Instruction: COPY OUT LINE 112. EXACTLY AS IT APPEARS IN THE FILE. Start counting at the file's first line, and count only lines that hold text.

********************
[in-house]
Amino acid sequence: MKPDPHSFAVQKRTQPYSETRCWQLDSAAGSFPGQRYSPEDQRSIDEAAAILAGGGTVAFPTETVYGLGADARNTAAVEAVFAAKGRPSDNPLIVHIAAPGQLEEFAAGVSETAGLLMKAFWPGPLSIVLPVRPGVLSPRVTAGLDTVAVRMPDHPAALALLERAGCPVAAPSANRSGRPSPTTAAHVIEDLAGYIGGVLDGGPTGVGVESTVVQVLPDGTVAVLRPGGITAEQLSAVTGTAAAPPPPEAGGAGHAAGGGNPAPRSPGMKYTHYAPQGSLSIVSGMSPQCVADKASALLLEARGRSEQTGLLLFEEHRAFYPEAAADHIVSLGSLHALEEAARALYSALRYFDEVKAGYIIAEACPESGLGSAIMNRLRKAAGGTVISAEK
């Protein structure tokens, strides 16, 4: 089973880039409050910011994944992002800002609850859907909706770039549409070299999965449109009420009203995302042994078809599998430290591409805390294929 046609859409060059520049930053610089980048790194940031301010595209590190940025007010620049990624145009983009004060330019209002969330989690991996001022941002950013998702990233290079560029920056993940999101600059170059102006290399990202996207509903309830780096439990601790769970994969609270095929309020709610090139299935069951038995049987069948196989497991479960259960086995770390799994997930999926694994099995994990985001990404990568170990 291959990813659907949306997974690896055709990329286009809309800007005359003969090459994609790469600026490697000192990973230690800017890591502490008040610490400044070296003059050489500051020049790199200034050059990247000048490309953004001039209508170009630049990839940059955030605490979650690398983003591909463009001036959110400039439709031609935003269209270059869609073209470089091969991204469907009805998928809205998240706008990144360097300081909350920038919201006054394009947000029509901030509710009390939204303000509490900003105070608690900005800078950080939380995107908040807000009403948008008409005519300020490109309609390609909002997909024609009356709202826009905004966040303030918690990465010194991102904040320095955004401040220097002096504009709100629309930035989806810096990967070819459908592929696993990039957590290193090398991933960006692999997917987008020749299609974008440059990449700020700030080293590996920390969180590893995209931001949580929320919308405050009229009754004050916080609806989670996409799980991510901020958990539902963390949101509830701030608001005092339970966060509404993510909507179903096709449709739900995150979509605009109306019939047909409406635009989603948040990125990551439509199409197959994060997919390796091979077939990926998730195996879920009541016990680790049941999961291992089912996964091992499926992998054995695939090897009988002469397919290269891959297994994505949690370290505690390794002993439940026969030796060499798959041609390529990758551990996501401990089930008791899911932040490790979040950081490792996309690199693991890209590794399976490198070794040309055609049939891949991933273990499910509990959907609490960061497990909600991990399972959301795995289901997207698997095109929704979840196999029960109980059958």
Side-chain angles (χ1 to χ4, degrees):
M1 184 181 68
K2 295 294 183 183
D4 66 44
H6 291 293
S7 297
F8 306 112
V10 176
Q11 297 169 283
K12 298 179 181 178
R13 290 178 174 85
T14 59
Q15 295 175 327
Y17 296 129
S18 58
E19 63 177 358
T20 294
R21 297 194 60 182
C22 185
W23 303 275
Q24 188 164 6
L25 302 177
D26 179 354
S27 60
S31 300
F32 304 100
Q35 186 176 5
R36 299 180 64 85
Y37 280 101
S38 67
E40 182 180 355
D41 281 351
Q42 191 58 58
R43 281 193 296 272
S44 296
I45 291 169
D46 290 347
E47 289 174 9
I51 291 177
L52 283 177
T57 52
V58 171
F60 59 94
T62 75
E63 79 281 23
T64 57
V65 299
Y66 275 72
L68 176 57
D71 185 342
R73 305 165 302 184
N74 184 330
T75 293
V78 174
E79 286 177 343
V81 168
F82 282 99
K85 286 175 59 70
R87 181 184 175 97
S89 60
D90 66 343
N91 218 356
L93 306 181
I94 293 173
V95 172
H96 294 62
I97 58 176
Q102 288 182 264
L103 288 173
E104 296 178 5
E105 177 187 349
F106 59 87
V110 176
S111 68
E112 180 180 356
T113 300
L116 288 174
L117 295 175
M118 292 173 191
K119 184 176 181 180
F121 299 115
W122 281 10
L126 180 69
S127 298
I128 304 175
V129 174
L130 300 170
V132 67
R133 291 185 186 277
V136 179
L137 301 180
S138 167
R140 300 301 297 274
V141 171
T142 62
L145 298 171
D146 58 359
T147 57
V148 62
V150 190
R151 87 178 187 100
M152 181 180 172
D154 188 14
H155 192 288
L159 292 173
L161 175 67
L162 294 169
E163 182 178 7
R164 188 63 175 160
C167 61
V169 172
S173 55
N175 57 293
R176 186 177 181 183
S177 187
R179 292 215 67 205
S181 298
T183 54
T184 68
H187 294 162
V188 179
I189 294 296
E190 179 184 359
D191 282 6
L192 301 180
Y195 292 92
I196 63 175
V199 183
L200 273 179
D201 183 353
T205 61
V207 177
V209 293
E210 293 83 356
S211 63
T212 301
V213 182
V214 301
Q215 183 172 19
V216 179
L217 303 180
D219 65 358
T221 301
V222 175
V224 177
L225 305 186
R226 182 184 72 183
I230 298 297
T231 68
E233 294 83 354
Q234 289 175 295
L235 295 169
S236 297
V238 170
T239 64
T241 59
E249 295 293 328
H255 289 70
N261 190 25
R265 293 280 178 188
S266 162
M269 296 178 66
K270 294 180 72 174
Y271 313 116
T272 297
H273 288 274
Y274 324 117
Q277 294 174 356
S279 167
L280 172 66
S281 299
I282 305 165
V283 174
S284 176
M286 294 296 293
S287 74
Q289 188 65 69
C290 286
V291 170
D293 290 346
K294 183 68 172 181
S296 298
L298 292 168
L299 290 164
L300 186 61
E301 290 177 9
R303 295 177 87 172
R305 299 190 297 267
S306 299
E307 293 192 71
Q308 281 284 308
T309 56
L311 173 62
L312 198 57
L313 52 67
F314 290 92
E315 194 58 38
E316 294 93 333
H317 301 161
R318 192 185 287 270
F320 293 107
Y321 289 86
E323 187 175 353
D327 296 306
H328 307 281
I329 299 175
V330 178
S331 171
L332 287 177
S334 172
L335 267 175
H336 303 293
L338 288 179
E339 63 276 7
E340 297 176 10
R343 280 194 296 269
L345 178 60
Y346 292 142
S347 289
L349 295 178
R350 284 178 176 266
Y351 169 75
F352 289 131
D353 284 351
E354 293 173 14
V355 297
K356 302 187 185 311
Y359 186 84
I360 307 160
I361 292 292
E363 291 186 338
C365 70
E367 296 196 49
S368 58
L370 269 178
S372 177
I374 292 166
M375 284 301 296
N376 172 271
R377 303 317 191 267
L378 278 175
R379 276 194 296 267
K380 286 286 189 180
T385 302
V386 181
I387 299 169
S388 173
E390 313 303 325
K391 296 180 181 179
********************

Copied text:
R164 188 63 175 160